ON THE Monday before Advent Sunday last year, I was in Norwich Cathedral for choral evensong. The chancel was dark with glowing candles as a lay canon stepped up to read the Old Testament lesson, the beginning of Isaiah 40: “‘Comfort, comfort my people,’ says the Lord.”
For the first time after many months of listening to Bible readings in church, I felt that I was listening to scripture: that is, to the Word of God proclaimed to God’s people. And it was proclaimed. By which I do not mean that it was shouted, or over-insistent: it was simply spoken as if it came from somewhere else — not from the reader, not even from the page of the chancel Bible, but as a message of infinite significance to persons, from an infinitely significant personal God. It was spine-tingling.
It made me wonder what is going on when scripture is read in church. So often, it is read badly. Part of the problem is technical. Reading in church requires a degree of competence and understanding: most people benefit from a rehearsal, checking pronunciations where necessary, practising the pace, and knowing how to work with the sound system.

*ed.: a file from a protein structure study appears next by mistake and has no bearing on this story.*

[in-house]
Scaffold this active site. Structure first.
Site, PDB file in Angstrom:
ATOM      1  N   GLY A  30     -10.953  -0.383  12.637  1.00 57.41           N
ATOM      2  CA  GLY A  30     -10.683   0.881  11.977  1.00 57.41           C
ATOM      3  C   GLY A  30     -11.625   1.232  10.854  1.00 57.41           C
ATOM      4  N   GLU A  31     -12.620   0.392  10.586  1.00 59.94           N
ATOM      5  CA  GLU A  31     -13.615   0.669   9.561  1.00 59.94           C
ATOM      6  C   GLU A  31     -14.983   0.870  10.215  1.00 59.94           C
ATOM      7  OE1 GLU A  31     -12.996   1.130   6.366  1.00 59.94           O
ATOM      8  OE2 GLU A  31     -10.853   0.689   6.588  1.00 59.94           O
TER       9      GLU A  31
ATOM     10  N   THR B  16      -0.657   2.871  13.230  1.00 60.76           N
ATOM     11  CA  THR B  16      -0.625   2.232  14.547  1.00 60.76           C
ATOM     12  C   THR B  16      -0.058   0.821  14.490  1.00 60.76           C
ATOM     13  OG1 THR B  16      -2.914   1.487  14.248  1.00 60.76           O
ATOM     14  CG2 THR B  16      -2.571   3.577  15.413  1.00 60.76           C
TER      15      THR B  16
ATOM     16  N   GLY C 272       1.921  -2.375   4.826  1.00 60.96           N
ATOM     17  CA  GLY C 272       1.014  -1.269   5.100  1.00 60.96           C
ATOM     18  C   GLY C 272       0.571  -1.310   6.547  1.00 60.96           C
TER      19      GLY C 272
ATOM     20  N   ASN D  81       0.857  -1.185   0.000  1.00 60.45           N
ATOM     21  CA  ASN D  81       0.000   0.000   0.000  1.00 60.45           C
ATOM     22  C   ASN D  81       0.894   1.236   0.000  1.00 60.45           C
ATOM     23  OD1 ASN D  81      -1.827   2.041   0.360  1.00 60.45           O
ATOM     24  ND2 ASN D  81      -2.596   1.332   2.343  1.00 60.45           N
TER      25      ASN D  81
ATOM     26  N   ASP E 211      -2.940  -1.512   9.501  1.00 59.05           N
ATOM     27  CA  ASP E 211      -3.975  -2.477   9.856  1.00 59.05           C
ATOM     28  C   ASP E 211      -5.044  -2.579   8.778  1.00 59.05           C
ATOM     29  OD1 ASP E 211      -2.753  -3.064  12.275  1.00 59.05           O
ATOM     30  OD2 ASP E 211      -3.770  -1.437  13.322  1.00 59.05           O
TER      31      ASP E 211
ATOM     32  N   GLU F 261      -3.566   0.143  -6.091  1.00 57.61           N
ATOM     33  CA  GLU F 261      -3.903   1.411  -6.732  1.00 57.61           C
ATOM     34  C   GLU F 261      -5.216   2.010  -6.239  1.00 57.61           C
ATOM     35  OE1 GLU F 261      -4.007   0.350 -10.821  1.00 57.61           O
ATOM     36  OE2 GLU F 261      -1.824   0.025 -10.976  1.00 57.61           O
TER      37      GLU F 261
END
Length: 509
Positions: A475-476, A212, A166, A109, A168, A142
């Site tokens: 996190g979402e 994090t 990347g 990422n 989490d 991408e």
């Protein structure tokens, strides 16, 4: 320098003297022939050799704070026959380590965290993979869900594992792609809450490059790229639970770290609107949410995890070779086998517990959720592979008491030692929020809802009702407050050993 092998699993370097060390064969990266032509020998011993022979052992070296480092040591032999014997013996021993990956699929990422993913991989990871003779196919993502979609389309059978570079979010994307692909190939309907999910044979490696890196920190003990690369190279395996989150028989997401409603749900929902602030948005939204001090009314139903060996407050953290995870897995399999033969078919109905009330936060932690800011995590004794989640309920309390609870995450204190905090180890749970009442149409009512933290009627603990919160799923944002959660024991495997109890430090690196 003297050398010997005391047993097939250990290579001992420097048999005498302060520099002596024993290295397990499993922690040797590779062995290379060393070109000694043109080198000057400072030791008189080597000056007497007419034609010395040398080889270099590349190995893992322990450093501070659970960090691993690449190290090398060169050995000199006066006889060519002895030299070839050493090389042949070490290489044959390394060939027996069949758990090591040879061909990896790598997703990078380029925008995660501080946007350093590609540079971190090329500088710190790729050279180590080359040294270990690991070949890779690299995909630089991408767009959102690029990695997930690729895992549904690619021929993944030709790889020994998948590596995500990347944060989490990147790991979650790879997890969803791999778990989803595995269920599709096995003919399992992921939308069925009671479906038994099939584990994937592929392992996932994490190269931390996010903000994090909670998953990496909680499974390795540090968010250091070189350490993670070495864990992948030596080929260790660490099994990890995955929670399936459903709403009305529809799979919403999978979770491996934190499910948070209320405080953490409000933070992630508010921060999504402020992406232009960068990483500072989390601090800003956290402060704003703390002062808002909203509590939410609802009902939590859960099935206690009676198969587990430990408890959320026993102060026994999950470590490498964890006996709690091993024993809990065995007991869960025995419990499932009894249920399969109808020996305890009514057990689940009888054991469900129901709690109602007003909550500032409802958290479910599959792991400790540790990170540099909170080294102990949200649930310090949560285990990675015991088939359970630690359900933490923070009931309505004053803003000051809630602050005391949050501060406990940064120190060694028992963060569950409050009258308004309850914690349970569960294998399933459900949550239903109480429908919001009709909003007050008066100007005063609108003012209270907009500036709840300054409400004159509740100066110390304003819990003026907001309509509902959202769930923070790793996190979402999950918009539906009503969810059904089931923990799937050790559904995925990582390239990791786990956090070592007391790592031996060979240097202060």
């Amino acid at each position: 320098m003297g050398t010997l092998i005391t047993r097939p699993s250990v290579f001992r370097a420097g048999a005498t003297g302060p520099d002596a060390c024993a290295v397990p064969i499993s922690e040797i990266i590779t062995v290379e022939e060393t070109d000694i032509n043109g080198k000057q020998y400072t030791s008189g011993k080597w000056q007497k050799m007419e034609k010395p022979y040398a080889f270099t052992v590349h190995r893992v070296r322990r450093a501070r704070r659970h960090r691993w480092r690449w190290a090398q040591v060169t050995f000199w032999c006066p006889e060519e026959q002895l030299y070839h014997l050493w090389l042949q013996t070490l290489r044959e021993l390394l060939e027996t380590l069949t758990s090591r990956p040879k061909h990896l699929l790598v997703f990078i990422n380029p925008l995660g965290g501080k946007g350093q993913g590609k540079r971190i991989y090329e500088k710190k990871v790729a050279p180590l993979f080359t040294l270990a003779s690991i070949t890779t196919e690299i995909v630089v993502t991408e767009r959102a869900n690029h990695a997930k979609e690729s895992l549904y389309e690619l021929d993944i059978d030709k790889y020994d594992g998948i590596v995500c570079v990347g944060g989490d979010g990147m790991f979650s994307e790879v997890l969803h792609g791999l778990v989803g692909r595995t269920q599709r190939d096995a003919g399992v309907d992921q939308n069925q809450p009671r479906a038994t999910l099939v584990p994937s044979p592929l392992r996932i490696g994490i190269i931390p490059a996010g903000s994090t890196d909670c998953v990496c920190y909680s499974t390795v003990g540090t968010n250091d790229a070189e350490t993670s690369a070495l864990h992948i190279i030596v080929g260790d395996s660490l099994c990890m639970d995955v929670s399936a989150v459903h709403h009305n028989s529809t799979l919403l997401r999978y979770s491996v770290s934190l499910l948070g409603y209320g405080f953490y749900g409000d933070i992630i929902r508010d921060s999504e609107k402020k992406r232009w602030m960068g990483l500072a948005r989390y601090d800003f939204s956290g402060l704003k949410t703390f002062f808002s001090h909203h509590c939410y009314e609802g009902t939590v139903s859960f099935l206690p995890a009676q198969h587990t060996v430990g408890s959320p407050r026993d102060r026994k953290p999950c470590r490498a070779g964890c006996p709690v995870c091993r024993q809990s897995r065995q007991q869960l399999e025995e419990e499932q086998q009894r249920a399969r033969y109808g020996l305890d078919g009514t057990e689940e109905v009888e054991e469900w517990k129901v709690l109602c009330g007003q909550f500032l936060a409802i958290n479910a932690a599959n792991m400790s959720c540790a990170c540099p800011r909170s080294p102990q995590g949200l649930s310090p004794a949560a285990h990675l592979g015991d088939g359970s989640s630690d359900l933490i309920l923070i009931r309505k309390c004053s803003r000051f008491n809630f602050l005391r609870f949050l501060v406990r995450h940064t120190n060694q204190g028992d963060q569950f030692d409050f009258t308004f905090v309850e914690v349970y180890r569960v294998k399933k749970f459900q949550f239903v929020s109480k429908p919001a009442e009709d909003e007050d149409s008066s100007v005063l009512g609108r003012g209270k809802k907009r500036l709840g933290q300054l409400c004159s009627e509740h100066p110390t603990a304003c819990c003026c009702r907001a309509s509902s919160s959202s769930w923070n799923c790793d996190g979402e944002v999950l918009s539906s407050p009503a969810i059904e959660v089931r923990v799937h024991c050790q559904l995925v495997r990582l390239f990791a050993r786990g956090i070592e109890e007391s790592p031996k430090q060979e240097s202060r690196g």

Even more important than learning to read well in a public space, however, is developing a sense of expectation. This means reading scripture as a communication from beyond ourselves, and having a sense that something happens when scripture is read. Thomas Cranmer believed that the systematic public reading of scripture was an end in itself — more significant than any preaching, which, even at best, could only ever be human commentary. The true drama was in the Word proclaimed and listened to. We are to “hear . . . read, mark, learn, and inwardly digest” the scriptures. Hearing comes first.
It is not only the well-educated and mature who can read scripture well enough to arrest the listener. I was at a Mothering Sunday service a few years ago, when I heard the lectionary passage from Colossians 3 brilliantly proclaimed by a girl aged no more than 13.
It was not a particularly easy passage, but she had become familiar with it, and she took it slowly, filled the space, and let her voice ring out. Again, she seemed to recognise that she was a vehicle for a voice not her own. Yet she herself was transformed in the reading of scripture: she became a “prophet”, one who speaks for God.
More than 100 years ago, a schoolgirl remembered her headmistress, Dorothea Beale, reading the first chapter of St John’s Gospel. She wrote: “I shall never forget the impression I received. It was quite electric; one felt that this woman was reading the thing she considered the greatest in the world.”
Scripture will be heard when we take the trouble to listen, and it will change us.